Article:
Abstract: Among the contributions of social choice theory to political science is the finding that the aggregation of transitive individual preference orderings can produce an intransitive social preference ordering.  This intransitive outcome is commonly called a cyclical majority.  In this paper, I examine the normative consequences of cyclical majorities in theory and practice.  Some critics have dismissed the significance of intransitive social orderings for democratic decision-making.  I contend that intransitive social orderings are normatively problematic for the concept of majority rule and common understandings of democracy.  Other critics have argued that cyclical majorities are a trivial issue because they rarely occur in practice.  I argue that the mere absence of cyclical majorities does not necessarily preclude normative concerns.  Transitive outcomes may be induced by normatively undesirable factors.  To better appreciate the normative consequences of transitive outcomes, I look at how different types of political decisions vary in their susceptibility to cyclical majorities.  I also consider the normative implications of socio-cultural norms, decision-making institutions, and psychological motivations.  This perspective establishes a framework for a more refined understanding of the normative tradeoffs democracies make to secure stable outcomes.


BIO: Johnny Goldfinger is an assistant professor of political science at Indiana University-Purdue University Indianapolis, where he teaches courses in political theory.  He received his Ph.D. from Duke University in August 2003.  His dissertation, “Deliberative Democracy, Preference Change, and Social Choice,” looks at the political theories of John Rawls and Jürgen Habermas from the perspective of social choice theory.  Johnny’s recent publications include “The Value of Social Choice Theory for Normative Political Theorists” (The Good Society) and “Thoughts on the Internet as an Ideal Speech Situation” (Politics and Information Systems: Technology and Applications).  His current research projects focus on a variety of issues.  They include a look at the implications of voter rationality for minor party campaign strategies, an examination of the parallels in the political theories of Rawls and Jean Jacque Rousseau, and a reconsideration of intellectual property rights in light of music sampling by hip-hop artists.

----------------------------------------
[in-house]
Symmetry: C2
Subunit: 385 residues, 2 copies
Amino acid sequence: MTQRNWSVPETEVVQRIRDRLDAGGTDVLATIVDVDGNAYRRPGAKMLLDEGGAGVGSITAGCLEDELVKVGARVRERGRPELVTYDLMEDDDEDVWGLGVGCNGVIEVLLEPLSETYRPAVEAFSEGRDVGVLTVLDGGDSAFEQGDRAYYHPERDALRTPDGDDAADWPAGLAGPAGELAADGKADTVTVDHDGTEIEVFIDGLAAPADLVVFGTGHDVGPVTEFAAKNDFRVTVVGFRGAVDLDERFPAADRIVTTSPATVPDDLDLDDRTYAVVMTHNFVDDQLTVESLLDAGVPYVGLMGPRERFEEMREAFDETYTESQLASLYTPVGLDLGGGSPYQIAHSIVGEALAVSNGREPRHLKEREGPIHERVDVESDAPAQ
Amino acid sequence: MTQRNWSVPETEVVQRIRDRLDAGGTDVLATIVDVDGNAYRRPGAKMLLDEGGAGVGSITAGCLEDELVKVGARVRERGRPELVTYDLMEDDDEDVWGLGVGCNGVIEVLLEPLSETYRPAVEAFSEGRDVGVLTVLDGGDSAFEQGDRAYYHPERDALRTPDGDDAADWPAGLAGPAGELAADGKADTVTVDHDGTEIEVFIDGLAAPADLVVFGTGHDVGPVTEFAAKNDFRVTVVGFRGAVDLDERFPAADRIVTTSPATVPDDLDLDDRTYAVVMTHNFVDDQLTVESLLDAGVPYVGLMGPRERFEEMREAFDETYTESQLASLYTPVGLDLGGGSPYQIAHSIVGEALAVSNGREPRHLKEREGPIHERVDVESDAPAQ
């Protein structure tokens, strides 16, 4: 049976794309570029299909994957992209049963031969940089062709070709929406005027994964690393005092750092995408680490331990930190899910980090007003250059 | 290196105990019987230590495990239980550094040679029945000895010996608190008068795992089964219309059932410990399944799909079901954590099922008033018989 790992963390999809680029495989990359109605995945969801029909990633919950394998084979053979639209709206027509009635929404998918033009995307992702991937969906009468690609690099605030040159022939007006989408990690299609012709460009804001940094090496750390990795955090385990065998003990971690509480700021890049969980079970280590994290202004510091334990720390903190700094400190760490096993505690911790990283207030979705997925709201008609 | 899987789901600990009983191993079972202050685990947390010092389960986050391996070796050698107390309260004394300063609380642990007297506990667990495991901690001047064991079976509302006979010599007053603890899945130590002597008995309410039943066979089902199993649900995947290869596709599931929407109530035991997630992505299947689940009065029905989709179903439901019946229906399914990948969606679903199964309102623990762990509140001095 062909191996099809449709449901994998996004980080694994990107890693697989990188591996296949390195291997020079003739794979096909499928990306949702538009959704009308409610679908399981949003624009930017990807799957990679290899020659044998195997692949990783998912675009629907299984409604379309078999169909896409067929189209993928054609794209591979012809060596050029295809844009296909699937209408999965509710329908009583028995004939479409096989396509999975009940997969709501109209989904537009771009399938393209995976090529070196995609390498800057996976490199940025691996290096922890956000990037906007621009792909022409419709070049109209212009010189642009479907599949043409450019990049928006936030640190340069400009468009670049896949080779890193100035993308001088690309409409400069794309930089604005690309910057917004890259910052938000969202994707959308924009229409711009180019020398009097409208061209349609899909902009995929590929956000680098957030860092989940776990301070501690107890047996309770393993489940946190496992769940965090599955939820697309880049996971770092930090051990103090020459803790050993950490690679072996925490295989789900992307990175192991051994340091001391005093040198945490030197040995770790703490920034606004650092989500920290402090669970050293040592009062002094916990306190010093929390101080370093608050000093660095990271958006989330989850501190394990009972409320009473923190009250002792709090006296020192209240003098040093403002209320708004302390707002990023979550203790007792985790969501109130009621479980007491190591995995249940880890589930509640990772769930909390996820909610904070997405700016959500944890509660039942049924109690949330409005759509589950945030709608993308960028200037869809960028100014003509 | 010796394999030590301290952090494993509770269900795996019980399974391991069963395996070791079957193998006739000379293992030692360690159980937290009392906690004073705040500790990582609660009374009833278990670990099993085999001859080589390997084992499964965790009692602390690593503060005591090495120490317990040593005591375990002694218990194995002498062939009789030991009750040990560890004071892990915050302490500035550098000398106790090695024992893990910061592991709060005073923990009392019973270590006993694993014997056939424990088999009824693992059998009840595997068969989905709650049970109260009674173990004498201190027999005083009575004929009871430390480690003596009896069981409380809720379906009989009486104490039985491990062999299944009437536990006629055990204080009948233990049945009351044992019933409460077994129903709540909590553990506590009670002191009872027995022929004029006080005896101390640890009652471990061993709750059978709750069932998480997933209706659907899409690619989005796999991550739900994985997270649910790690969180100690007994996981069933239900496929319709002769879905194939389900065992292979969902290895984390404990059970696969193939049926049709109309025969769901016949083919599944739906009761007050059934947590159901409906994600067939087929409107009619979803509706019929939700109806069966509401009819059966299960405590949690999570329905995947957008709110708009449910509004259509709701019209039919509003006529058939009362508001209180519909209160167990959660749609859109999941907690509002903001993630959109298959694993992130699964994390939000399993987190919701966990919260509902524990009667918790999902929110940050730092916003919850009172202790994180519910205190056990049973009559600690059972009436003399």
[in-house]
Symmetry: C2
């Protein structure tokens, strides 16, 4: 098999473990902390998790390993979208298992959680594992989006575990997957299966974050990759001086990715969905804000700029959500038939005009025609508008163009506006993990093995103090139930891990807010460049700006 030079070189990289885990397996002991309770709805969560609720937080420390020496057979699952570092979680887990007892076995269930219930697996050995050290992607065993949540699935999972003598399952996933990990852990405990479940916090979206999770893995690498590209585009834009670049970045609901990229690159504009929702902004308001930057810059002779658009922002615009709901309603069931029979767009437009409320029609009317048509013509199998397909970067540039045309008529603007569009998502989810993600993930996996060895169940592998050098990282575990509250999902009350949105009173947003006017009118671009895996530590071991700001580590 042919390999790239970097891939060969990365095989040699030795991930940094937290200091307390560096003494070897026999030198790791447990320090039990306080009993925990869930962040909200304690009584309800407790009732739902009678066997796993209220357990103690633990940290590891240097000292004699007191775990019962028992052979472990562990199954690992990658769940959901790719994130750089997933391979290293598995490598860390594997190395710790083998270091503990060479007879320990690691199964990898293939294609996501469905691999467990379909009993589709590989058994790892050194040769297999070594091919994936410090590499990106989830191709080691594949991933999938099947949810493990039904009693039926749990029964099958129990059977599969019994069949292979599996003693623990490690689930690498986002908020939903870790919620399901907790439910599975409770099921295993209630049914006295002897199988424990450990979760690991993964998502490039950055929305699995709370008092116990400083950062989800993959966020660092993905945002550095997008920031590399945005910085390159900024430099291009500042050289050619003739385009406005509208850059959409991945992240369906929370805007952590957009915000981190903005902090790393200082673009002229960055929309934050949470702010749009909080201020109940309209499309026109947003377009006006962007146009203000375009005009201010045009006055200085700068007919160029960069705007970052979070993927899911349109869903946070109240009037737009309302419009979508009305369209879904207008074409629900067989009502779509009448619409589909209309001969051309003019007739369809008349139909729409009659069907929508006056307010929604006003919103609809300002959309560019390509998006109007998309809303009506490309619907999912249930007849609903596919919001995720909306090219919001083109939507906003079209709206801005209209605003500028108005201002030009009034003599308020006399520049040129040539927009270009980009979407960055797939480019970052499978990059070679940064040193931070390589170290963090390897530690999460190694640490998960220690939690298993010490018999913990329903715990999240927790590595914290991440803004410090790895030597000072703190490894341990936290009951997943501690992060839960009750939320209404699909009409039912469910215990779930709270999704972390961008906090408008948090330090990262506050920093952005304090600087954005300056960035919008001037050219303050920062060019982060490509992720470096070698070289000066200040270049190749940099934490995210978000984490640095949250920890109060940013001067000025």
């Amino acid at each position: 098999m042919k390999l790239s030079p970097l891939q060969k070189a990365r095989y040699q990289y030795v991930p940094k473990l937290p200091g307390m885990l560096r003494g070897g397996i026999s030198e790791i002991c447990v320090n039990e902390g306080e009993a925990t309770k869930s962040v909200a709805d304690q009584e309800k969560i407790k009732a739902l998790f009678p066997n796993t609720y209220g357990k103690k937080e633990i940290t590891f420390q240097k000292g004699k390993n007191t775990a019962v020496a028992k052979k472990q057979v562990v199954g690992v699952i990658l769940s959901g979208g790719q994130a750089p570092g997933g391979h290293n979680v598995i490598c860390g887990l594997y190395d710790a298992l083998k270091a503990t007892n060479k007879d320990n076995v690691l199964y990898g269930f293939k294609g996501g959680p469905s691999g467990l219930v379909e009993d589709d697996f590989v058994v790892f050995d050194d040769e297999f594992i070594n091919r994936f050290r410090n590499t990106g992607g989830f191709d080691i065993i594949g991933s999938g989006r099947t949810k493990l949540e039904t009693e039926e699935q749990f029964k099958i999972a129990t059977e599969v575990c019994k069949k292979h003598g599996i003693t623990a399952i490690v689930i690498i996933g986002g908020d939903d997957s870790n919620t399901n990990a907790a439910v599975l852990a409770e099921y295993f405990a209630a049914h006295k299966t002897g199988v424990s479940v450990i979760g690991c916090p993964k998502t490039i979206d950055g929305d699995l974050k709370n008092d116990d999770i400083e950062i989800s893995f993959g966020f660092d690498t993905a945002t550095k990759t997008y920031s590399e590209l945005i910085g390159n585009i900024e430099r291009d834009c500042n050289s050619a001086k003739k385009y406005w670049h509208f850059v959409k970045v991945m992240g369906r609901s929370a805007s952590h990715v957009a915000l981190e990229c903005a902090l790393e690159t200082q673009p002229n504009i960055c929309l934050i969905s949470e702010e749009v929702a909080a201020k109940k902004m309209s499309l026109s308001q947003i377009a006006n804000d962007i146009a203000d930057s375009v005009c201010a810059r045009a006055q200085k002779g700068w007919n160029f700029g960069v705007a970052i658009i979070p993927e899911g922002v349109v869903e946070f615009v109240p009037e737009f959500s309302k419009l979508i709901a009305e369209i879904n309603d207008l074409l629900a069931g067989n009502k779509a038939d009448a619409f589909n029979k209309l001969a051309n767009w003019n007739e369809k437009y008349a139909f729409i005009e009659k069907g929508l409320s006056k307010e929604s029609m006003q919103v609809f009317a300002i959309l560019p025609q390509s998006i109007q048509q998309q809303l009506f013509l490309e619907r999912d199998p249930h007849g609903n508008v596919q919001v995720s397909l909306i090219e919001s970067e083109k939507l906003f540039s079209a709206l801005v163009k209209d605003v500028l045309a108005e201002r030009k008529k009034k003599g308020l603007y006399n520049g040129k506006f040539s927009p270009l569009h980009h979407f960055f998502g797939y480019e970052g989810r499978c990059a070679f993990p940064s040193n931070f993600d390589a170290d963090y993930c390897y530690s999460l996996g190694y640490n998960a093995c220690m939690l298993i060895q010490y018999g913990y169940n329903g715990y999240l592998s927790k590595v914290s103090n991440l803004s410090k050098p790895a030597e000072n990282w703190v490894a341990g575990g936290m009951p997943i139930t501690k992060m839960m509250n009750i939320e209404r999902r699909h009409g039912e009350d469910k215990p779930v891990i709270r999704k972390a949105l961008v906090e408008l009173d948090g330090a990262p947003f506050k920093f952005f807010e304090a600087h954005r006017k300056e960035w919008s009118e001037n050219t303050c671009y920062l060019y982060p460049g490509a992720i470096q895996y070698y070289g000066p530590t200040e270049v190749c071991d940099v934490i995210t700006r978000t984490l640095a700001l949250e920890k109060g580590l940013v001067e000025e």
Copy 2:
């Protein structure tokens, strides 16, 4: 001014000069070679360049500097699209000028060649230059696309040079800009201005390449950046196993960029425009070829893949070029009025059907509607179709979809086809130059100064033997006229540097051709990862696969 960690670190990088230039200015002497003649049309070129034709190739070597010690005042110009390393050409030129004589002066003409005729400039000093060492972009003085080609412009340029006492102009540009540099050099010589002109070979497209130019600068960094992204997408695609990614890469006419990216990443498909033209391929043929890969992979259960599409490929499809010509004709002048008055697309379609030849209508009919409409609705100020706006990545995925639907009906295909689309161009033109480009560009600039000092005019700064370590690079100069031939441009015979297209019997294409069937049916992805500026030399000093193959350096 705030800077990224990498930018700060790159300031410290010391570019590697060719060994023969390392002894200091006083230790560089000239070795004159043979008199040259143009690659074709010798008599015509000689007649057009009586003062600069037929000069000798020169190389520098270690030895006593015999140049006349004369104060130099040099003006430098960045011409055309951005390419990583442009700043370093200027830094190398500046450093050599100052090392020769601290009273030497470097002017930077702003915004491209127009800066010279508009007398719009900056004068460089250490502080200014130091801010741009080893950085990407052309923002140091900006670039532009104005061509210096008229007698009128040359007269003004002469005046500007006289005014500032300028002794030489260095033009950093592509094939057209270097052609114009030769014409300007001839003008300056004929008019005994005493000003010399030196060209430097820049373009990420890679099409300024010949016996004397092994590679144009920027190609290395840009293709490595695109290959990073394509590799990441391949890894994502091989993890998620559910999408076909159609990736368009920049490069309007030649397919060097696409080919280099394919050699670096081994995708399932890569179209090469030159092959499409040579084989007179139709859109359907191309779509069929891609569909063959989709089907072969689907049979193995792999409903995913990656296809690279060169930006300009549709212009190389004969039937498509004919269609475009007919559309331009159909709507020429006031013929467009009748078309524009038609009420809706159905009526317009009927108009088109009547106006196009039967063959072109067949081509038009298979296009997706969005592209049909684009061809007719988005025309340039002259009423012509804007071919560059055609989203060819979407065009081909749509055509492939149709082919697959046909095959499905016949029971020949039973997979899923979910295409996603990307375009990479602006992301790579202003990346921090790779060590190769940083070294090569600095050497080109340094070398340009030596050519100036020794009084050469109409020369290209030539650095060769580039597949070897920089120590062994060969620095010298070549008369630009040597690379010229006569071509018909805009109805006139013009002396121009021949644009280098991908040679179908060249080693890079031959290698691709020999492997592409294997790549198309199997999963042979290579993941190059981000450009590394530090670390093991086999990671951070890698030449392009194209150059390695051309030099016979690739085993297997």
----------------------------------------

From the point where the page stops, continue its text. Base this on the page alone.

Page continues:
Paper in PDF


Monday, February 23, 2004




Presented by Ashok Regmi, Graduate Student of the School of Public and Environmental Affairs and the Department of Political Science Joint Ph.D. Program and Research Assistant at the Center for the Study of Institutions, Population, and Environmental Change (CIPEC), Indiana University, Bloomington


Abstract: Despite many valuable lessons that have been learnt regarding resource and resource user attributes there are some relationships that have yet to be understood. One such confounding issue has been the impact of heterogeneity among the users of a community-based natural resource. Traditional commons research has mostly assumed the prevalence of homogeneity among resource users, however, it is known that differences (e.g. in socio-economic attributes, natural resource endowments, physical circumstances etc) can be present. It is mostly under assumptions of homogeneity that researchers have been able to collect evidence that shows that groups have been able to successfully self-organize (Ostrom 1990; Ostrom Gardner Walker, 1994; McKean 1992; Bromley 1992). What impact does heterogeneity have on collective action is an issue that is not yet fully understood and is the focus of much contemporary research in the common pool resource area. Similarly, the relationship between the nature of the resource and the ease with which users are able to organize around it is also not straightforward. This paper is an attempt to explore these issues with respect to Farmer Managed Irrigation Systems in the Chitwan Valley of Nepal.


BIO: This paper is based on the dissertation field work that was undertaken in Chitwan, Nepal during 2003. The author is a faculty member at Kathmandu University, School of Management and is currently pursuing Doctoral studies in the Joint PhD Program in Public Policy at Indiana University. His interests are in the areas of governance and management of common pool resources, especially irrigation and forest resources. He is also interested in the design of management systems for small community based organizations.


Paper in PDF


Monday, March 1, 2004



A View from the Village


Presented by Dr. Maria Grosz-Ngaté, Associate Director, African Studies Program, Indiana University, Bloomington